Self Monitoring of Blood Glucose (SMBG) in Non-Insulin treated
Type 2 Diabetes

NZSSD Executive Position Statement

Results from two recent randomised controlled trials suggest that self-monitoring of blood glucose in patients with non-insulin treated Type 2 diabetes does not improve glycaemic control and may impair quality of life. [1, 2] However there are some people with non-insulin treated Type 2 diabetes who are highly likely to benefit from using SMBG and the Executive considers that clinical judgement should be used to determine who these individuals are. This group would include those with dysglycaemia (hyper or hypoglycaemia), intercurrent illness and treatment with sulphonylureas in whom SMBG may provide useful information for adjustment of therapy.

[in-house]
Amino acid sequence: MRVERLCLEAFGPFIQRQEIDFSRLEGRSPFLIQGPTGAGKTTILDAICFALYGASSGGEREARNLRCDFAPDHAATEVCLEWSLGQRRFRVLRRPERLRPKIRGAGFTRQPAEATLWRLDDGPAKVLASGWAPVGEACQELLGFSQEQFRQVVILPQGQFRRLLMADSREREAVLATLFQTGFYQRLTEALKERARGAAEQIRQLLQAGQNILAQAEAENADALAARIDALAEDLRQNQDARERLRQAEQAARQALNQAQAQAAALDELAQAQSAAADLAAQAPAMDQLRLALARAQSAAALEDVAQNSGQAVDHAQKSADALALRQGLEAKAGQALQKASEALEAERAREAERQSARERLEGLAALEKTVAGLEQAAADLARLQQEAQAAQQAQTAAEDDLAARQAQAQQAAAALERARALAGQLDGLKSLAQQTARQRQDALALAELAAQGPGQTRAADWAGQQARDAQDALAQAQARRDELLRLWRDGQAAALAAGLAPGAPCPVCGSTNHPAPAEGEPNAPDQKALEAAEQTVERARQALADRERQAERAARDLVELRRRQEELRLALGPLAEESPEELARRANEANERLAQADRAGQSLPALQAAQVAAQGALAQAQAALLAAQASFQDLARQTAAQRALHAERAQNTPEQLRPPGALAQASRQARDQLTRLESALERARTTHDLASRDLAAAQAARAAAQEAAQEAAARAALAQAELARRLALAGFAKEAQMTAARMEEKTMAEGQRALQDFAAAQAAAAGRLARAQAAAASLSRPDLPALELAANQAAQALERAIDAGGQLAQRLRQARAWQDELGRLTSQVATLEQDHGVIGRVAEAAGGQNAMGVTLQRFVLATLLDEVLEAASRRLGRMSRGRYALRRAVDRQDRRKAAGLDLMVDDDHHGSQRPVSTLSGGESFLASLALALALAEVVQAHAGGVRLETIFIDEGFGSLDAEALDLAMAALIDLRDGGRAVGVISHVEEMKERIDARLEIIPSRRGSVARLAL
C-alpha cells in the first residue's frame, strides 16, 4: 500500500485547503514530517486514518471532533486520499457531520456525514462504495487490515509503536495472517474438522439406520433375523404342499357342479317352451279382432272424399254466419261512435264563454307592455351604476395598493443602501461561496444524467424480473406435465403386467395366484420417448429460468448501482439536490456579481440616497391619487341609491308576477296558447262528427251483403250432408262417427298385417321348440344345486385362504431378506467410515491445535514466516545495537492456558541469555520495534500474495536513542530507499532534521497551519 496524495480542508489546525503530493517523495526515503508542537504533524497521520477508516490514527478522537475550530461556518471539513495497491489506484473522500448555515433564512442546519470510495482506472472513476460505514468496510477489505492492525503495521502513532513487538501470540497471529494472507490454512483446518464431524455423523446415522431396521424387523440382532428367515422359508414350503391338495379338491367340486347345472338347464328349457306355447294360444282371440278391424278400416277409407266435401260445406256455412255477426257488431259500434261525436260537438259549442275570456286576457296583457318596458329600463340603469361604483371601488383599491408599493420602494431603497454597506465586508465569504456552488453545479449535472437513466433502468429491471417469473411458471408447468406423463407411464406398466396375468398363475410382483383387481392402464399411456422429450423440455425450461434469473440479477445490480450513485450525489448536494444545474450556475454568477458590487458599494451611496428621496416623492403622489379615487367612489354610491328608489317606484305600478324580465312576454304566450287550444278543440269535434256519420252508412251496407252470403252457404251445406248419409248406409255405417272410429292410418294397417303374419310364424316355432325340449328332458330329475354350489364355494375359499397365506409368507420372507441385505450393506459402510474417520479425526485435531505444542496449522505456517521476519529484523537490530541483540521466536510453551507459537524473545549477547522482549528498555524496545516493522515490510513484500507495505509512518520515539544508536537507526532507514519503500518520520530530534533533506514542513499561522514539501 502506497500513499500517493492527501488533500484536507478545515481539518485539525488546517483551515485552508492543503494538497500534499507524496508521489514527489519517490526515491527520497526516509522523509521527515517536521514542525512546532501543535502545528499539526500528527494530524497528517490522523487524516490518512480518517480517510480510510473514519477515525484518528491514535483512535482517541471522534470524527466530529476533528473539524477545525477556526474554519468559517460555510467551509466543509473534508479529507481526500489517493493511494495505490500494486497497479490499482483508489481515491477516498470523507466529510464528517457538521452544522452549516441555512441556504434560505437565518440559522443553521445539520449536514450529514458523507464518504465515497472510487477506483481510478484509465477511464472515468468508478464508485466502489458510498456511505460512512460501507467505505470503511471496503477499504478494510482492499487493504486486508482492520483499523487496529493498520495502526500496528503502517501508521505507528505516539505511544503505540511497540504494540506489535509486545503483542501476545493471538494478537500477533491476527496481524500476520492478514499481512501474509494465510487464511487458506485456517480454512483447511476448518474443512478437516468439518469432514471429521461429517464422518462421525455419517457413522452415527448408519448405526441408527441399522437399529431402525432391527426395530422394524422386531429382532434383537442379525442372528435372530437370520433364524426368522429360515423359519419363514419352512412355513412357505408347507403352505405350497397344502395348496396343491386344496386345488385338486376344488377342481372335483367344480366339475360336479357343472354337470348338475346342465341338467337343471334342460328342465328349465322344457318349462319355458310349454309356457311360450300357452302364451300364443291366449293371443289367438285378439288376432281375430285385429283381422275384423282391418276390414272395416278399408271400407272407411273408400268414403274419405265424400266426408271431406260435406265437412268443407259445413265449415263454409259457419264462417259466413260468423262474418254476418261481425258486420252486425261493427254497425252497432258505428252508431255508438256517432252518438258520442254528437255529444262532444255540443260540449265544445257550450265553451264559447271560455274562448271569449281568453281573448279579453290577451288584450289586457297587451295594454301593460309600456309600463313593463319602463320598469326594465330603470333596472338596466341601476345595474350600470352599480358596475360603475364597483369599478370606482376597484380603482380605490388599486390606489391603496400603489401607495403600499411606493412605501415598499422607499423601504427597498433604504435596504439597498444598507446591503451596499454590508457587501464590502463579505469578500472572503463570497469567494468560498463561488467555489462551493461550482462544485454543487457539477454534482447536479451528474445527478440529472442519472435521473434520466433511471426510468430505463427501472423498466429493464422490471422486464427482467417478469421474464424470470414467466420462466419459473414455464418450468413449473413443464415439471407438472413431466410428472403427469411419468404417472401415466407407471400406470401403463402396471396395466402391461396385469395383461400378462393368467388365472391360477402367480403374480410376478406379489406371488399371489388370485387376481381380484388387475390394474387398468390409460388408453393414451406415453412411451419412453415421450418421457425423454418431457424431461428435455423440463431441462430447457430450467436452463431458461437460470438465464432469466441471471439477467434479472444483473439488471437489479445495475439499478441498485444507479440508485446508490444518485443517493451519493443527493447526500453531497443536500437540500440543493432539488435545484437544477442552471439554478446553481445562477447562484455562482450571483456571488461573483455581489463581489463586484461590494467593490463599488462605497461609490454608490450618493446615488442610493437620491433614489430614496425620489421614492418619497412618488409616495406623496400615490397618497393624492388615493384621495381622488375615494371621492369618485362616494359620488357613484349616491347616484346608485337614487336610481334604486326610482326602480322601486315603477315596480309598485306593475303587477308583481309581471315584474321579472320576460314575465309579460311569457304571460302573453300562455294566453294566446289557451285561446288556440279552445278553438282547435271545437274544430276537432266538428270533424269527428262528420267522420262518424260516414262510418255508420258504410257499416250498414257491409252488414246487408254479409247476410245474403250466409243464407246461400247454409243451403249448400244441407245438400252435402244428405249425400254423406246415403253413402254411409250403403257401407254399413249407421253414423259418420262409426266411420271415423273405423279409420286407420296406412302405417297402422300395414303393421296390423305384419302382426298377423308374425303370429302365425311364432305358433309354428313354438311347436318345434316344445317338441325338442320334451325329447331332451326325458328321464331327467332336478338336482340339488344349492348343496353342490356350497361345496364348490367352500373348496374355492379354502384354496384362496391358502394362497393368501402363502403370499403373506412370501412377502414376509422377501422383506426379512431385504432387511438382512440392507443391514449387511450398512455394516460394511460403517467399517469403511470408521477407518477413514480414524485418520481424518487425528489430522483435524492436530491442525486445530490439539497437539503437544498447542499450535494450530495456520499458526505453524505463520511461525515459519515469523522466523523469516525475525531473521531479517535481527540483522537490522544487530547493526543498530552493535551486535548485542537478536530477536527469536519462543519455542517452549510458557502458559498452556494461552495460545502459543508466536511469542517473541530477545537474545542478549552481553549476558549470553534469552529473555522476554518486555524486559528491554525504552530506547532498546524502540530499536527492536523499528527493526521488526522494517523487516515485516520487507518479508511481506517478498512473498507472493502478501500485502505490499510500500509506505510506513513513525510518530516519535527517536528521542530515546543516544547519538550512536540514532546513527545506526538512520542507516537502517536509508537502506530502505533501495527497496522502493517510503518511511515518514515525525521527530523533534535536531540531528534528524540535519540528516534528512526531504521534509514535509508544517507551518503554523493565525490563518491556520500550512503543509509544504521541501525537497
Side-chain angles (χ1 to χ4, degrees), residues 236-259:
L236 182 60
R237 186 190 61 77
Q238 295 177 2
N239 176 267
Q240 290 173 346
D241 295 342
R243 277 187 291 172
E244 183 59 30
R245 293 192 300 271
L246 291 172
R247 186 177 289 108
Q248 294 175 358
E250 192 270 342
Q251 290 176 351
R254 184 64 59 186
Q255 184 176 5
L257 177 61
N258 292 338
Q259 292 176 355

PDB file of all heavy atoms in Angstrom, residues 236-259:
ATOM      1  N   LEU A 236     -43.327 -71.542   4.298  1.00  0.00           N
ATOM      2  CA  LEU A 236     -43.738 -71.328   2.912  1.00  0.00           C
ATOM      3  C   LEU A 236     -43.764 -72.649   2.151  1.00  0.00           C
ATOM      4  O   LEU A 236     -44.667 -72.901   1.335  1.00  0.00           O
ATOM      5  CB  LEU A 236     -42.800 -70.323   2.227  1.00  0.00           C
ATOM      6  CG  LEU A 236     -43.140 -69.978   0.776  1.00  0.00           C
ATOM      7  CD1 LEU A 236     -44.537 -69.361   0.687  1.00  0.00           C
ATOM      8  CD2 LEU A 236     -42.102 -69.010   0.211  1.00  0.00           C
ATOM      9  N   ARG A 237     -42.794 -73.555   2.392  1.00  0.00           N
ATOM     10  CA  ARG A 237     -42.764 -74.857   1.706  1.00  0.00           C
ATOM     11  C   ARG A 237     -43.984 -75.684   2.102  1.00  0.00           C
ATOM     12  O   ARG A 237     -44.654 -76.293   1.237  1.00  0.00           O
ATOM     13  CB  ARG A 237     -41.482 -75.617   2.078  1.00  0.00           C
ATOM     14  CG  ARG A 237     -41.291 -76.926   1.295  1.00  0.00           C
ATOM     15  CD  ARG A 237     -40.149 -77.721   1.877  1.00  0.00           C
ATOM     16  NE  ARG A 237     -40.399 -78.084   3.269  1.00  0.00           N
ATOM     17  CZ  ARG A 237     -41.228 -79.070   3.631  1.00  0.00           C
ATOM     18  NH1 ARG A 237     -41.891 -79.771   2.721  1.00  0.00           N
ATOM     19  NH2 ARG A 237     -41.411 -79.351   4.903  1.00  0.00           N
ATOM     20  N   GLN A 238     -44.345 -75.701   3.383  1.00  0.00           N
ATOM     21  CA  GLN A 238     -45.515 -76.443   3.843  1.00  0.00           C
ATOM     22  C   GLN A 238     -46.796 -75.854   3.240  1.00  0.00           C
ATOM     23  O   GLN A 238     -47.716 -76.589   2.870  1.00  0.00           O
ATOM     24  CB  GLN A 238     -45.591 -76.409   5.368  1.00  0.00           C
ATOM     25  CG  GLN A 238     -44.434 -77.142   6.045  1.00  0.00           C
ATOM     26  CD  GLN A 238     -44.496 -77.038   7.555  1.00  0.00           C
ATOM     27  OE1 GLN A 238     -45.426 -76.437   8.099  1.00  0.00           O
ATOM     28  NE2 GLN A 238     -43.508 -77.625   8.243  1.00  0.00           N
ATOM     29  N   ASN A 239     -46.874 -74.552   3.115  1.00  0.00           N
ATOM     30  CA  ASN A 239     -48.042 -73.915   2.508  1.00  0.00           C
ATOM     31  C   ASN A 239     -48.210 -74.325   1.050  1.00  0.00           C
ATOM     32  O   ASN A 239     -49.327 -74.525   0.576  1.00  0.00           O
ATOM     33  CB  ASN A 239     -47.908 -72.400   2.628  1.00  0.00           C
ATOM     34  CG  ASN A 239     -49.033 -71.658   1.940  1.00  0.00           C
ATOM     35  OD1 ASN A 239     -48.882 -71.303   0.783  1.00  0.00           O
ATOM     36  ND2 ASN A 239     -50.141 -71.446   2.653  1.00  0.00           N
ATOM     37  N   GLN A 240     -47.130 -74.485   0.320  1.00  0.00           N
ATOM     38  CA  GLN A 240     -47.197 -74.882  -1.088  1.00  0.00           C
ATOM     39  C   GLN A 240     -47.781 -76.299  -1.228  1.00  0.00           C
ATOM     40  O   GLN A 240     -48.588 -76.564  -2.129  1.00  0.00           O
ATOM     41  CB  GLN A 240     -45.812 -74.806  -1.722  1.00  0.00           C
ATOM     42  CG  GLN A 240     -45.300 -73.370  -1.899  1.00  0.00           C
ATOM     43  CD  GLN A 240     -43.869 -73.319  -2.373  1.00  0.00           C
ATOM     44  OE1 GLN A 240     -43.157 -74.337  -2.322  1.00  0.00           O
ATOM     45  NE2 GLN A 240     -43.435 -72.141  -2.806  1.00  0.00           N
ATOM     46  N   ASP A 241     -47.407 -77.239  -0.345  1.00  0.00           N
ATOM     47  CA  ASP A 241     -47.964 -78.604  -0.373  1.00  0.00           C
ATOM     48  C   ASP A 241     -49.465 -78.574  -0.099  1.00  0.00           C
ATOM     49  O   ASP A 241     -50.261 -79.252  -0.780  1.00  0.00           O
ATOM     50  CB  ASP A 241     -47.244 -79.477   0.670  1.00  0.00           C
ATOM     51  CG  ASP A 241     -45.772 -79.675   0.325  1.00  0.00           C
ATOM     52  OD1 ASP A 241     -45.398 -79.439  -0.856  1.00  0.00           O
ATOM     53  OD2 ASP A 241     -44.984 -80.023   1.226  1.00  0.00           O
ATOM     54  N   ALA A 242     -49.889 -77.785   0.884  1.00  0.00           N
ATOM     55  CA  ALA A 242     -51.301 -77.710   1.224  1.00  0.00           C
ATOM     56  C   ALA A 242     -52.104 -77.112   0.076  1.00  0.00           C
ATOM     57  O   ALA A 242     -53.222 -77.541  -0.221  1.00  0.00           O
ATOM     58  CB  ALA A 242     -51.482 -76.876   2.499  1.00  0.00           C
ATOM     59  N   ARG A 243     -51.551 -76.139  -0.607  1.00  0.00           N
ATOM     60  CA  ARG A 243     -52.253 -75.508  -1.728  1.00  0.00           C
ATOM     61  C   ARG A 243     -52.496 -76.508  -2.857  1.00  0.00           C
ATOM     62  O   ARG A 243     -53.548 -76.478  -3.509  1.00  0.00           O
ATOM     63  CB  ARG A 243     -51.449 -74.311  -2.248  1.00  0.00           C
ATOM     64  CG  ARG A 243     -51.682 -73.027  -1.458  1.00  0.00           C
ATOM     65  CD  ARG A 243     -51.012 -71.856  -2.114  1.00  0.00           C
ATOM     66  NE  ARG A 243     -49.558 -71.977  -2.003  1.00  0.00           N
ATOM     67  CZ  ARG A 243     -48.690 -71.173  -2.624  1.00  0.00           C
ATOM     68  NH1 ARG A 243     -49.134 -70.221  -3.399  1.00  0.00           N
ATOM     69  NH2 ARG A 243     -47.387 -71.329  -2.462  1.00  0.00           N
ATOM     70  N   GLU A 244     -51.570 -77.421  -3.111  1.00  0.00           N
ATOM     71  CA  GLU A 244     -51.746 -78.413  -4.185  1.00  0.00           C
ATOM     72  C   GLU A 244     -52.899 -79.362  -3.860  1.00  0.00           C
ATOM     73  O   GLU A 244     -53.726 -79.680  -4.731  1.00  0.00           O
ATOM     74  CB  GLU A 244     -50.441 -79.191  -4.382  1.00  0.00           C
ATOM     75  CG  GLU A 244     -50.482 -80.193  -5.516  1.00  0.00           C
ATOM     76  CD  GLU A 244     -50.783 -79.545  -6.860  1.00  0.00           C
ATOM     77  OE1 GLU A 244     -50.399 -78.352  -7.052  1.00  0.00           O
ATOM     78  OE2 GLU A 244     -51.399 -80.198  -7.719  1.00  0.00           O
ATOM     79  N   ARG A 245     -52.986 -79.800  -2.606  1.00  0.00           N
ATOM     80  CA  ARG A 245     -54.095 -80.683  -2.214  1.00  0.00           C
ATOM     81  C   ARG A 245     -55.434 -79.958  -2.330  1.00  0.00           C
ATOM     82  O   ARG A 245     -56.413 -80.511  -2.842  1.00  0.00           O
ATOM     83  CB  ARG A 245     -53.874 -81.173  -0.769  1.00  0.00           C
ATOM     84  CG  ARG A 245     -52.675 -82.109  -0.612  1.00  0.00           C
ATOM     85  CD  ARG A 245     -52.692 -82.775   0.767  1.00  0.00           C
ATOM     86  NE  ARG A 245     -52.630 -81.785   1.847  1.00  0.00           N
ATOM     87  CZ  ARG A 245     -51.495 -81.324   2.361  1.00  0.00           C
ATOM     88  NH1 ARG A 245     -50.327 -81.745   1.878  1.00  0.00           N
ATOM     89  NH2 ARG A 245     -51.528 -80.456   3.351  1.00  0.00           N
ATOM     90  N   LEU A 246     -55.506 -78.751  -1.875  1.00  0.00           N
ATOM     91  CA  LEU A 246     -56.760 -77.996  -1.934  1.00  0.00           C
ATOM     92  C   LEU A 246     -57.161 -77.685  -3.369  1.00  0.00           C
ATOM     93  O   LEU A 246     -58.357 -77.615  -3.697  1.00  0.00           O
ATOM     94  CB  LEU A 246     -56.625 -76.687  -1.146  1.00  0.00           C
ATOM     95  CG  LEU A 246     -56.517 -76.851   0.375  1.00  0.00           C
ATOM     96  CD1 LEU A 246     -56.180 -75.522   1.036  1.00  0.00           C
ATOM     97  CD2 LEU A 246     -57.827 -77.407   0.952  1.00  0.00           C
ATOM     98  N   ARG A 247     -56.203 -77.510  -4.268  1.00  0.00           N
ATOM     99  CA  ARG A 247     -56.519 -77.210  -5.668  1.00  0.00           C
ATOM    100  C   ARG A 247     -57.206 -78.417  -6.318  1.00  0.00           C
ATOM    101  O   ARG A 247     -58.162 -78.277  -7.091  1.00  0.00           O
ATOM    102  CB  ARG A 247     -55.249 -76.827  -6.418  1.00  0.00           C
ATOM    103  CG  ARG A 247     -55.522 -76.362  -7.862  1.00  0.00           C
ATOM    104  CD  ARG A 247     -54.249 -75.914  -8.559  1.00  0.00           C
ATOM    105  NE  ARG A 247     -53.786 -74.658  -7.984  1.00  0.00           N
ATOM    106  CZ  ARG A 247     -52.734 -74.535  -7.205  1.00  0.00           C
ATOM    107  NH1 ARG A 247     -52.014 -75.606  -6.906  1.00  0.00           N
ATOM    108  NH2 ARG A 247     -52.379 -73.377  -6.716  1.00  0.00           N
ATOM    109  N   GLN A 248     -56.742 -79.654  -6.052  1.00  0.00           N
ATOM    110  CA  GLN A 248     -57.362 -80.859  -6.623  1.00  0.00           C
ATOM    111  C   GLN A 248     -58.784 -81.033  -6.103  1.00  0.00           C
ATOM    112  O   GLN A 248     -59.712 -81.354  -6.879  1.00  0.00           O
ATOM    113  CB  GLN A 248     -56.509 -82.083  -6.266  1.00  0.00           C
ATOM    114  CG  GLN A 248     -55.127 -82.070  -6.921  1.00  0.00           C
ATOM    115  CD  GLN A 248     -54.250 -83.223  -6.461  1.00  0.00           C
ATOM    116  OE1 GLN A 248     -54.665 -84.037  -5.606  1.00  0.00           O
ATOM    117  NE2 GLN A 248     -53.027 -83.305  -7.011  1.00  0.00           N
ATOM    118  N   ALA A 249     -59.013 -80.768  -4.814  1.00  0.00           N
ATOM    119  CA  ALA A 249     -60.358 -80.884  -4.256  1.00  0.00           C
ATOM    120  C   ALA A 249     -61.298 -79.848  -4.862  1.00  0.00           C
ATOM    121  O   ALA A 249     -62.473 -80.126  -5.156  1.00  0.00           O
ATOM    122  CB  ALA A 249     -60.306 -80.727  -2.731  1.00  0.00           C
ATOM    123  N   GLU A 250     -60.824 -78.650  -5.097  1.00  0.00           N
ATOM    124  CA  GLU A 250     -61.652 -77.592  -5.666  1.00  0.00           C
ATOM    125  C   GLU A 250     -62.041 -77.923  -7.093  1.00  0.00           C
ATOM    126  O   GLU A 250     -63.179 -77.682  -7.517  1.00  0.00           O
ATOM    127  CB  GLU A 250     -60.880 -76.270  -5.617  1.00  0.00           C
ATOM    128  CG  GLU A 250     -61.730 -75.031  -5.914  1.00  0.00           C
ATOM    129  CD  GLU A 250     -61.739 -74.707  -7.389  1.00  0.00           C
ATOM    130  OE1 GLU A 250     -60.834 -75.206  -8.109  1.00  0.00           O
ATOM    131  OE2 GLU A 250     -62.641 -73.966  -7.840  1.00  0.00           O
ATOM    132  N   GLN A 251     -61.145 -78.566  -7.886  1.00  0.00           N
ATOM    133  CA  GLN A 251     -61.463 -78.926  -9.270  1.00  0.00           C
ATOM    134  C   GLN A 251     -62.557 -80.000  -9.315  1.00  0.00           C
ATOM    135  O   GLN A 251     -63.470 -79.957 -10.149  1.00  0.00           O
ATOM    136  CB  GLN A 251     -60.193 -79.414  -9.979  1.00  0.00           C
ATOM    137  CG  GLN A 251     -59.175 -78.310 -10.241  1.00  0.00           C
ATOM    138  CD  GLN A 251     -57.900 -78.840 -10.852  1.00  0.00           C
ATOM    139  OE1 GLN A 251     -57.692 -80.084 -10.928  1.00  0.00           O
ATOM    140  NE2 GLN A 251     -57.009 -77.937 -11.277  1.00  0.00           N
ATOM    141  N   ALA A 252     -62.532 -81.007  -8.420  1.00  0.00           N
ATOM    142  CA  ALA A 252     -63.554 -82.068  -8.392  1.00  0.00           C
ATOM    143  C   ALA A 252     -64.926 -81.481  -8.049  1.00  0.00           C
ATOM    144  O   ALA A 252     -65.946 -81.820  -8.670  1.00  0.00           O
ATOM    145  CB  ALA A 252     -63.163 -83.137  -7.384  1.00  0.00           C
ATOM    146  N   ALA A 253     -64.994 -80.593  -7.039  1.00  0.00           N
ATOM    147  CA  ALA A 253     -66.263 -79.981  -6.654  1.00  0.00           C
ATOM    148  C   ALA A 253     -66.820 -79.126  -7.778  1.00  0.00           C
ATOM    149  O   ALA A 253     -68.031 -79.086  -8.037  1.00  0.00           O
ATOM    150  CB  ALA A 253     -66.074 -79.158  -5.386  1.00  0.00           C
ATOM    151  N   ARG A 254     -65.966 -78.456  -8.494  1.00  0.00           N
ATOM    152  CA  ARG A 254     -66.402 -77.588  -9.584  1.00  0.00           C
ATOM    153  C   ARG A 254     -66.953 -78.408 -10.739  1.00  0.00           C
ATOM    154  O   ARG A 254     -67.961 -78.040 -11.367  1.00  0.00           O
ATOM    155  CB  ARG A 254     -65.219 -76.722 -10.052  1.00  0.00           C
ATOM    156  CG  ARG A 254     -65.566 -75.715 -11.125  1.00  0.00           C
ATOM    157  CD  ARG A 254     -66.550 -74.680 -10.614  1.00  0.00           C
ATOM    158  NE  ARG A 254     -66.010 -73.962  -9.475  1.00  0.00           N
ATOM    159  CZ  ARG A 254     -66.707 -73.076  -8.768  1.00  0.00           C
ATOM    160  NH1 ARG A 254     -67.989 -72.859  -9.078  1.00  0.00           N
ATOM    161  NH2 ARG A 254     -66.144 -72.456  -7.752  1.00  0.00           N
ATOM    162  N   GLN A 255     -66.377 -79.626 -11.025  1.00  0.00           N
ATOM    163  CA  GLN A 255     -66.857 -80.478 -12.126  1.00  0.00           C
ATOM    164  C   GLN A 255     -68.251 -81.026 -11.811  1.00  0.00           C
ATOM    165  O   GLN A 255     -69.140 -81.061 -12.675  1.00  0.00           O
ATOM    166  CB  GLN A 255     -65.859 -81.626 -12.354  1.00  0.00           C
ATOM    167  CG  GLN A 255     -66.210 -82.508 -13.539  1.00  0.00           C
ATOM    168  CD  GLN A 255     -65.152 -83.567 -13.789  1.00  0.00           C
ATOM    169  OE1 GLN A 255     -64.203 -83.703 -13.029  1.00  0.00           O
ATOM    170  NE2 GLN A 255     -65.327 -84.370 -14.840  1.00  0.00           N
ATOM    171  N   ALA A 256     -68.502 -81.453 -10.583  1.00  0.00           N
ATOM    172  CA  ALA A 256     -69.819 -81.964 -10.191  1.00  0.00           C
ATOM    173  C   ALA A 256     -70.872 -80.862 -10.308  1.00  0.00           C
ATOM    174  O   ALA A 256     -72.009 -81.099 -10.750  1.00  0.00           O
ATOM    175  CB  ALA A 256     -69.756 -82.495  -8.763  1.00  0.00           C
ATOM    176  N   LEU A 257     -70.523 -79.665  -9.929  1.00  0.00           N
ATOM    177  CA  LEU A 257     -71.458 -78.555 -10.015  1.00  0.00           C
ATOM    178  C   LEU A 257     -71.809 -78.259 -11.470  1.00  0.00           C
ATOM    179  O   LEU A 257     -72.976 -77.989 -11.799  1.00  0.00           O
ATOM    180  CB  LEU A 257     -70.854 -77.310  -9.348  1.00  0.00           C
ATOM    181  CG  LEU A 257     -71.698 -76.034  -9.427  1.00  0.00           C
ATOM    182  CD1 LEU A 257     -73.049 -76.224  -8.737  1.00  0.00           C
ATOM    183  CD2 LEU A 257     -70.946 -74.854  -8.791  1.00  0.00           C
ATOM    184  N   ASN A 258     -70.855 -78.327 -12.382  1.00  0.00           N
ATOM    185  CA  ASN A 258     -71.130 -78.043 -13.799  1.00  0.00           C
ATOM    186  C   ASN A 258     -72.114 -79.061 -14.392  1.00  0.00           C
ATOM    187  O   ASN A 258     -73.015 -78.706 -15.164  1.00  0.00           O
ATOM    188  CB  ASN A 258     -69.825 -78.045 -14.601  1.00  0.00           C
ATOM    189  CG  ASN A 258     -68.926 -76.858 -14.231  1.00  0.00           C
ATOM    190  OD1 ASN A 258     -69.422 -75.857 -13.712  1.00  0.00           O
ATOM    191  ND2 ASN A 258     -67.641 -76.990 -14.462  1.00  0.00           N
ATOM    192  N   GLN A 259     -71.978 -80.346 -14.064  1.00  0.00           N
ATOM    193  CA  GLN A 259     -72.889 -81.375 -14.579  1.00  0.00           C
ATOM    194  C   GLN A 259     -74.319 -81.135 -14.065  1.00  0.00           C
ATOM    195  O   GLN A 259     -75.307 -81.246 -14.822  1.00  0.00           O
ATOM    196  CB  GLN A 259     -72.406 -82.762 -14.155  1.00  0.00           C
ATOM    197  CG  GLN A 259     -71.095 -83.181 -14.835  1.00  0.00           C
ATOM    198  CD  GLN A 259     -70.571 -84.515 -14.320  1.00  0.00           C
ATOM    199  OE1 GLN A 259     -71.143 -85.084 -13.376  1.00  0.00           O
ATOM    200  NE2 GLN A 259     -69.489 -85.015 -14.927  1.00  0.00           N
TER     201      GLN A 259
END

Accepted January 2009
Amended and accepted 20 February 2009

NZSSD Executive

References

  1. Simon J, Gray A, Clarke P, et al. Cost effectiveness of self monitoring of blood glucose in patients with non-insulin treated type 2 diabetes: economic evaluation of data from the DiGEM trial. BMJ 2008; 336: 1177-80.
  2. O’Kane MJ, Bunting B, Copeland M, et al. Efficacy of self monitoring of blood glucose in patients with newly diagnosed type 2 diabetes (ESMON study): randomised controlled trial. BMJ 2008; 336: 1174-7.